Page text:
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Smart Gardening for Shorelands: Smart Waterfront Plants to Enhance Your Shoreline

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November 24, 2020 - Author:

Living near water offers moments of serenity and beauty inspired by all aspects of the water’s edge. Imagine enjoying the dappled sunlight of a lake shoreline with towering aromatic white pine trees above with delicious blueberries and sparse Pennsylvania sedge below. These plants together with the sounds and cool breeze from the lake can bring a breath of relaxation that Michigan lakes offer. But these plants do a whole lot more than just dazzle our senses. They also protect the water and land.

Plants that grow in, along, and just outside water play an important role in protecting water quality and providing habitat for many water loving critters. This is especially true of native plant species. Native plants have extensive root systems that have adapted to living in and around water. The roots and stems minimize erosion and buffer the water from pollutants like phosphorus and nitrogen that may runoff yards. Importantly, they also provide necessary habitat for a variety of animals. For example, common arrowhead, a popular and beautiful shoreline plant, provides a high-energy food for migrating waterfowl and small fish may use big arrowhead beds as shelter.

Lakeview
Photo by Mark Bugnaski Photography

Native plants along water:

  • Hold soil in place with either deep or laterally extensive roots systems
  • Absorb and lessen energy from waves created by wind and boats
  • Slow down water runoff from a sloping yard or landscape to allow pollutants such as sediments and contaminants to absorb before they reach the water
  • Absorb nutrient runoff which helps keep the water clear of algae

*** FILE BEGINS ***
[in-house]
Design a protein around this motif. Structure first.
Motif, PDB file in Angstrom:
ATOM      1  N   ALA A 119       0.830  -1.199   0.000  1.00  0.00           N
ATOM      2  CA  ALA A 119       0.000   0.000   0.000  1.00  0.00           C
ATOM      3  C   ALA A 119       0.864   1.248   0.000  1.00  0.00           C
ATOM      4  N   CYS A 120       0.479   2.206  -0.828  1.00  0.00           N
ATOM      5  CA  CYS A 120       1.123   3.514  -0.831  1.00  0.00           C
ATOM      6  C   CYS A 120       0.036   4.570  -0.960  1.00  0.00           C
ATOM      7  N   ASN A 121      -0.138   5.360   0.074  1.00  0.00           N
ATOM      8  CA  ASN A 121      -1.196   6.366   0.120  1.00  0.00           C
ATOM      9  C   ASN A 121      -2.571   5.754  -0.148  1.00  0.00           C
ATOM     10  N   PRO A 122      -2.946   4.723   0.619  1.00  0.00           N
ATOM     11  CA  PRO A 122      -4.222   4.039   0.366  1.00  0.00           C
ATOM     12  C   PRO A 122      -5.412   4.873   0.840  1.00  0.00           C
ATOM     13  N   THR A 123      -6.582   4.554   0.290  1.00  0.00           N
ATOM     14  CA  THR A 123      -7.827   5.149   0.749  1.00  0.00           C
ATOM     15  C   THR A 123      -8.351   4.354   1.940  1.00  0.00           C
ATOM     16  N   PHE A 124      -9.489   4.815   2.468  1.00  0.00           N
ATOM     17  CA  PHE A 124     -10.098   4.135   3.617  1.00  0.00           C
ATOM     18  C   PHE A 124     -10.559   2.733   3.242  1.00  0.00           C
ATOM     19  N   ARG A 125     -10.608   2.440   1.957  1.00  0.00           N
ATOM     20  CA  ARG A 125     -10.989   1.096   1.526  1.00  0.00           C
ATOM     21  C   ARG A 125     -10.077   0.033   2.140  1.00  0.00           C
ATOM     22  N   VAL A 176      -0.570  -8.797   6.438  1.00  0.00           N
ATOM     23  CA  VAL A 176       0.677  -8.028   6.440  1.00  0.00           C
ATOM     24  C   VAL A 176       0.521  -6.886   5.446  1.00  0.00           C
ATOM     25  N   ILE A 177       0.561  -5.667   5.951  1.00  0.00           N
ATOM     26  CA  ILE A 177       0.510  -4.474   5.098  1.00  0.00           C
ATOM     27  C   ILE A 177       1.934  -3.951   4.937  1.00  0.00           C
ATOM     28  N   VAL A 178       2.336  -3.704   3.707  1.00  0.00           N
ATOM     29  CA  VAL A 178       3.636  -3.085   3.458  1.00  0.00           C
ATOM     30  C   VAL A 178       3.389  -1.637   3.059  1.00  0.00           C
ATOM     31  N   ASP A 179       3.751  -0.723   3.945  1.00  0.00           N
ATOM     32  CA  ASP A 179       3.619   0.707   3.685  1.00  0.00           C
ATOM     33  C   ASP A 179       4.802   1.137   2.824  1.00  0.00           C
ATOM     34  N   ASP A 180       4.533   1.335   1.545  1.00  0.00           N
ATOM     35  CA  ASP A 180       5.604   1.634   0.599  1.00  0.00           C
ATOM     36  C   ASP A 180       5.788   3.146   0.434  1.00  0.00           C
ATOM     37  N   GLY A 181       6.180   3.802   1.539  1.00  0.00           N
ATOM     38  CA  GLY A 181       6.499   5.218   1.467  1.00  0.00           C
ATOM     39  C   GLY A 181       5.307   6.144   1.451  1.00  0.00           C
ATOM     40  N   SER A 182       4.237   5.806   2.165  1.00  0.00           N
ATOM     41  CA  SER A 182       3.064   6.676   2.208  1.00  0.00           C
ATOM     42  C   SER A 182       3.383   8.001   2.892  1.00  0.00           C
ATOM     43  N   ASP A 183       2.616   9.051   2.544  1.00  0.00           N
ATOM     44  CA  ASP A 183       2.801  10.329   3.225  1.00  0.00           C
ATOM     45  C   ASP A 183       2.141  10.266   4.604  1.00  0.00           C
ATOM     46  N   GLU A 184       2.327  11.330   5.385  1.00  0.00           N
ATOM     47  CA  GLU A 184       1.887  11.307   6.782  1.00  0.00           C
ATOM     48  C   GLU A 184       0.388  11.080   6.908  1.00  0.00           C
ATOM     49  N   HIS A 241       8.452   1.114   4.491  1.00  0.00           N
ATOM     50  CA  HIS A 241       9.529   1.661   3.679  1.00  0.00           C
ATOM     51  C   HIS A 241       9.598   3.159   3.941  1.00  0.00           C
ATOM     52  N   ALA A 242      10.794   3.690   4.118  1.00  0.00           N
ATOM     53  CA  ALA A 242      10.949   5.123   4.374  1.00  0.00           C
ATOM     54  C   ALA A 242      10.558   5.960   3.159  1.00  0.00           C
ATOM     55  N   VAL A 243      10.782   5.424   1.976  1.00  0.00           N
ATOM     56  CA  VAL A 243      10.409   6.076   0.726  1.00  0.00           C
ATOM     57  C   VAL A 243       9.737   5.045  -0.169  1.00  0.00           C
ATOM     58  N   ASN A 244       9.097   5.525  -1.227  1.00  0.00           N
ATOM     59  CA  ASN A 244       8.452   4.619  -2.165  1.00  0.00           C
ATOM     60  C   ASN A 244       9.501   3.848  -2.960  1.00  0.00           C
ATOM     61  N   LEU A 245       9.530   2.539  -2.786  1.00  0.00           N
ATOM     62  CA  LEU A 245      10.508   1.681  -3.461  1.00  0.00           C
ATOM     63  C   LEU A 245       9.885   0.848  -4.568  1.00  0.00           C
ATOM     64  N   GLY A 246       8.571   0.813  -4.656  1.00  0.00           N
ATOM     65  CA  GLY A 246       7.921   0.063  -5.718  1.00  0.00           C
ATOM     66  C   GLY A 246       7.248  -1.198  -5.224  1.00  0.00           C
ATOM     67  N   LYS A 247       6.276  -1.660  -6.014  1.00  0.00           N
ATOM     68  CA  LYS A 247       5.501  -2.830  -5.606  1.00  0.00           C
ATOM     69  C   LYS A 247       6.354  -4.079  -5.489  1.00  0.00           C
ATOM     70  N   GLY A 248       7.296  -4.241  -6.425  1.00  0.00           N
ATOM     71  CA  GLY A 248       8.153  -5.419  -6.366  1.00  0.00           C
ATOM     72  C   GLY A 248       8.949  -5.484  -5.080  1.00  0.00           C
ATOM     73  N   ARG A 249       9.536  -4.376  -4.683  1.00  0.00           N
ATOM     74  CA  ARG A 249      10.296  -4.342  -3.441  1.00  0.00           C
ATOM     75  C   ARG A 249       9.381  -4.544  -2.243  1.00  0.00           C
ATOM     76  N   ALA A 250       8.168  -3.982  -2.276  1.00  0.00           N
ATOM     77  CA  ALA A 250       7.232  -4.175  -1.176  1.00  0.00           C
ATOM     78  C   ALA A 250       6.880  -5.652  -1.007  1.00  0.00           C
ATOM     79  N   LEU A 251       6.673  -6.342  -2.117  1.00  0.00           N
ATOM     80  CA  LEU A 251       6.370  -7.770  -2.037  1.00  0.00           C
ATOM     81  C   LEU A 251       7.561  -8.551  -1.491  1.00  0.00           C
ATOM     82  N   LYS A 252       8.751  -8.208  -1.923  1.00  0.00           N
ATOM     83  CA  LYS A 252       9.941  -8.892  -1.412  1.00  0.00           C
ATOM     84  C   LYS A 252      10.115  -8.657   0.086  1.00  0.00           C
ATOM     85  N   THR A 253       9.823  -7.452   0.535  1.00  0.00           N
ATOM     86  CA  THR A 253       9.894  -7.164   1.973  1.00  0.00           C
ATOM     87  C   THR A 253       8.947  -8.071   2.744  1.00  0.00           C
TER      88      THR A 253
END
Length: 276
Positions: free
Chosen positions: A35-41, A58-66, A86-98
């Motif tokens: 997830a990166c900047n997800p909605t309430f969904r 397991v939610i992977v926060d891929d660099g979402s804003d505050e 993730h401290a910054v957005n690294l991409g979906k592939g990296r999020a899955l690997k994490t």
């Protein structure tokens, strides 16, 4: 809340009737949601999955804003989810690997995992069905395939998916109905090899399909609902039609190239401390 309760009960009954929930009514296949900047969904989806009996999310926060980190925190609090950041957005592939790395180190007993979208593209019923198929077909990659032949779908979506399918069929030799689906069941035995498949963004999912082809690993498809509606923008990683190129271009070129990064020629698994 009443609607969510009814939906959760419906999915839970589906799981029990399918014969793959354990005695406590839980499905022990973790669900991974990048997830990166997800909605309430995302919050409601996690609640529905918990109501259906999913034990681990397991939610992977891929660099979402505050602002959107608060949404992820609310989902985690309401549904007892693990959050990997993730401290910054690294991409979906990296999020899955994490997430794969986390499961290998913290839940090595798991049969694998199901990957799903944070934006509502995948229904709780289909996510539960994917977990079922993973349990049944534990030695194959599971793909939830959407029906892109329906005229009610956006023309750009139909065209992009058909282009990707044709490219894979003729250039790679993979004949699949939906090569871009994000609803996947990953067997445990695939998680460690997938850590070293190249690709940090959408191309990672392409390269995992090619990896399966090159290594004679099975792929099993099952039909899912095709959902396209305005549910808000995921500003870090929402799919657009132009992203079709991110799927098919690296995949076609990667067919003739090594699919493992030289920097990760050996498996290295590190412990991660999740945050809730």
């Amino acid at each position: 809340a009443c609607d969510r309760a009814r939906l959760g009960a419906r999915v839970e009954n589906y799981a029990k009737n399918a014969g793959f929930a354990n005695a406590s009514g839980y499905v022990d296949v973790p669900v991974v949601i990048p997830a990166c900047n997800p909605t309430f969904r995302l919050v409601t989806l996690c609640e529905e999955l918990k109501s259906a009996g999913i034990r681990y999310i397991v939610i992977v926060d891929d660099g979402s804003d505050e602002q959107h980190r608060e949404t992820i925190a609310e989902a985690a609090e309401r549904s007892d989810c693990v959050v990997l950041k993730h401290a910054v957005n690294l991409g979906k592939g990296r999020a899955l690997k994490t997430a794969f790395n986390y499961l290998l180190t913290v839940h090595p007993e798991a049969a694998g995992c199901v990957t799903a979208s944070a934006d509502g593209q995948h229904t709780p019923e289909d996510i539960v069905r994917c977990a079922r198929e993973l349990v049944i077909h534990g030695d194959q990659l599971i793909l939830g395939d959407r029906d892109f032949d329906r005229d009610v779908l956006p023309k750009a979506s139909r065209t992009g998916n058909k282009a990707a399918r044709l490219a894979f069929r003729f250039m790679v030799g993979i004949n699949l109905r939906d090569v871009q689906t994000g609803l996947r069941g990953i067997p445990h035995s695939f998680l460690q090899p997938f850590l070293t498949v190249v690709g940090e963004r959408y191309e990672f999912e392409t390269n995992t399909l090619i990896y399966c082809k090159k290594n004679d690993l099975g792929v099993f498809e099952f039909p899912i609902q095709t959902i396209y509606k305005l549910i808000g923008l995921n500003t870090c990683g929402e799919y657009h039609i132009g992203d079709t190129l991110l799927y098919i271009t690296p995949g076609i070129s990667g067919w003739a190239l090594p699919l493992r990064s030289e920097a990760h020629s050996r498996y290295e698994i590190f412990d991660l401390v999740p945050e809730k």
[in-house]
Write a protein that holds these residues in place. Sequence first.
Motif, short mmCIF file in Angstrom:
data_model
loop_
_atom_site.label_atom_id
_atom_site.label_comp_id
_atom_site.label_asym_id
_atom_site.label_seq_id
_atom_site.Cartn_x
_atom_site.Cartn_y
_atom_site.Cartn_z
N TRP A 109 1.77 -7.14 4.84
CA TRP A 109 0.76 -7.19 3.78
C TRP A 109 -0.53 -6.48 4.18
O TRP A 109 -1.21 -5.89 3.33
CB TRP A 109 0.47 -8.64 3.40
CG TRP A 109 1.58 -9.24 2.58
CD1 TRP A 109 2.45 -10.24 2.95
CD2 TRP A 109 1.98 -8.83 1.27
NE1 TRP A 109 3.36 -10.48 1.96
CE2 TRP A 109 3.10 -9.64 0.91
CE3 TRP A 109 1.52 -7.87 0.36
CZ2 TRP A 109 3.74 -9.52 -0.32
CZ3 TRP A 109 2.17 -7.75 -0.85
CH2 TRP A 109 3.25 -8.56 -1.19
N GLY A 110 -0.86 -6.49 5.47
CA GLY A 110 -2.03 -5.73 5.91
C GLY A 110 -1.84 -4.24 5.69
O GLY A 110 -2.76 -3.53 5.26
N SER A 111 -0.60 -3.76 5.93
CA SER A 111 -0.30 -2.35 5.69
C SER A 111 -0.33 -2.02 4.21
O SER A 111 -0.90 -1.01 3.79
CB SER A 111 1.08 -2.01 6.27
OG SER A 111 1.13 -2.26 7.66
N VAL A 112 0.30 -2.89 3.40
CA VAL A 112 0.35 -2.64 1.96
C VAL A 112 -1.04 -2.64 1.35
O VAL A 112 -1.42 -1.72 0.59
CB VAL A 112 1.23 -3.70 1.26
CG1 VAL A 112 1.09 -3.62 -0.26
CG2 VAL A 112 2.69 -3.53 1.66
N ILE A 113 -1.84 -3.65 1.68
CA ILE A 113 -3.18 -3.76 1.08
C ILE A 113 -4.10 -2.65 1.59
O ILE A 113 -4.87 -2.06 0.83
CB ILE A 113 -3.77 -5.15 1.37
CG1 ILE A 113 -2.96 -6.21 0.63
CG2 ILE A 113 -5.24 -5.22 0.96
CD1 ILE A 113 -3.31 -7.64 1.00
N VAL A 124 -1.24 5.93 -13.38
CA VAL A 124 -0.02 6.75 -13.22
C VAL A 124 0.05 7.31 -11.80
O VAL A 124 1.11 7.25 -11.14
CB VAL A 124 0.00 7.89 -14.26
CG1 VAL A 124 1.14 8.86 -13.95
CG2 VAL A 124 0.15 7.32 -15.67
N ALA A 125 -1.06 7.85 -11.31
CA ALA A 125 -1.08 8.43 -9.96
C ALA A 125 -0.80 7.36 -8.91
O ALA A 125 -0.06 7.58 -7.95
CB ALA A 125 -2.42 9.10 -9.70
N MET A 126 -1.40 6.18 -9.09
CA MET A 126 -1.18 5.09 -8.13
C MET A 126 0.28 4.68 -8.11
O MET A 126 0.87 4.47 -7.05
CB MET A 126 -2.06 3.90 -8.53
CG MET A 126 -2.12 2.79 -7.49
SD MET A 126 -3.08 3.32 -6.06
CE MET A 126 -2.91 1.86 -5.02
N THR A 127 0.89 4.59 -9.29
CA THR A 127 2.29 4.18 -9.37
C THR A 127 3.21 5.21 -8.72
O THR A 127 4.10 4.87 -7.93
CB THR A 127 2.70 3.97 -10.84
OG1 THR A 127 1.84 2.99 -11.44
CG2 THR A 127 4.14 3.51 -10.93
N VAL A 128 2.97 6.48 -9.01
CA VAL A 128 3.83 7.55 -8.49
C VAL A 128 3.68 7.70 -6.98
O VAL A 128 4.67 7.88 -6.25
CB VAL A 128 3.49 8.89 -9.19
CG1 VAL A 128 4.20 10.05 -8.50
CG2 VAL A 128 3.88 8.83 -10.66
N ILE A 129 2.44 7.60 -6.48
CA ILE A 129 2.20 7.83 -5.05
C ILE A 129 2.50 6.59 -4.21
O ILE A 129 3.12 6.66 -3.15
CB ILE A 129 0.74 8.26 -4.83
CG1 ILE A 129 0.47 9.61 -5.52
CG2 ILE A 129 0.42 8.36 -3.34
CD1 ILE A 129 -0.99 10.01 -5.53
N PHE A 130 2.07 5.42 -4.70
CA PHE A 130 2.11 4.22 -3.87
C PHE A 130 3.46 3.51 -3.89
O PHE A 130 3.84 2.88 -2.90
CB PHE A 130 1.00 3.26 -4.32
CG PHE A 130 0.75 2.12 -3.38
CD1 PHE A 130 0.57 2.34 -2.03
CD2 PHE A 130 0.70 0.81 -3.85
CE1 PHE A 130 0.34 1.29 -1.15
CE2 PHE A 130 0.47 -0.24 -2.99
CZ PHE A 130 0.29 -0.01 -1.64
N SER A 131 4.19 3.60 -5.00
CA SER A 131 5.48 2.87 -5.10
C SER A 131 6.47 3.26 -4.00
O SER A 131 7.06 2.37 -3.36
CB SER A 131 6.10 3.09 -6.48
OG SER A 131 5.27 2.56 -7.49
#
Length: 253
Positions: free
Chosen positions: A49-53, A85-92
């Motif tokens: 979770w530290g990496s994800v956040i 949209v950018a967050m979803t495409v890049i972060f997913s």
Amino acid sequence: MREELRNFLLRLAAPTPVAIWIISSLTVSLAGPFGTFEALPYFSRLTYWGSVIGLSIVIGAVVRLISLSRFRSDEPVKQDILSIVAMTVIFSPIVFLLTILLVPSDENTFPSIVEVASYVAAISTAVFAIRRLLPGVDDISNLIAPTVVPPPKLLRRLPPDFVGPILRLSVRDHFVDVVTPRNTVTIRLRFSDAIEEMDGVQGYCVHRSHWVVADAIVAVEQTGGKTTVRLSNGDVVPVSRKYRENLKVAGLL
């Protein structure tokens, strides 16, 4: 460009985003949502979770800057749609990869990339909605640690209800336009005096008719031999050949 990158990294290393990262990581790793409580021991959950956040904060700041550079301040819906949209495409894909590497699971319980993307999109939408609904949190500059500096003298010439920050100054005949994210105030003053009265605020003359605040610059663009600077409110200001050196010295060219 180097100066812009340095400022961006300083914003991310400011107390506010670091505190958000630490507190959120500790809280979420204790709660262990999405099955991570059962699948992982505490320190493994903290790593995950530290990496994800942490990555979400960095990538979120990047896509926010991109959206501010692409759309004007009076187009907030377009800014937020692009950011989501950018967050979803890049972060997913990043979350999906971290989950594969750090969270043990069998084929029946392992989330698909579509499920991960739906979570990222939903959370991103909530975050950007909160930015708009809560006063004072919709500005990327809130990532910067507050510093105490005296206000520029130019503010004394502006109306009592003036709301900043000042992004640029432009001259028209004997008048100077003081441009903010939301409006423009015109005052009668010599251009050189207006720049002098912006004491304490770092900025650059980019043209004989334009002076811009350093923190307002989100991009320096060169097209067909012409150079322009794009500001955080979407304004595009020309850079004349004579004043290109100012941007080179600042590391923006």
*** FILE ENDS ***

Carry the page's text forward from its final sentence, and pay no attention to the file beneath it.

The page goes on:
• Provide key habitat for fish and wildlife

Planning your waterfront garden

When landscaping around water, it is important to balance your needs with the protection of the waterbody. A well-designed waterfront landscape will maintain access, views and aesthetics along with stabilizing soil, protecting water quality and enhancing habitat for fish and wildlife. When choosing native plants for your waterfront garden consider: (1) how high does it grow, (2) how much will it spread, and (3) when will it bloom.

It is also critical to plant trees, shrubs, flowers, grasses and sedges in areas where they will have the greatest success. There is often a gradual change in wetness along creek, lake, and pond shorelines. Typically, there is an aquatic zone that is almost always under water, a transition zone with consistently moist soil and an upland zone that is mostly dry. It is very important to plant the right species in the right location so that your plants survive.

For example, plants that grow well in the aquatic zone will typically not do well in dry conditions. Table 1 has a brief list of hardy species that do very well in each zone. When putting the right plant in the right place, you can better assure beautiful blooms and a hardy root mass that slows erosion.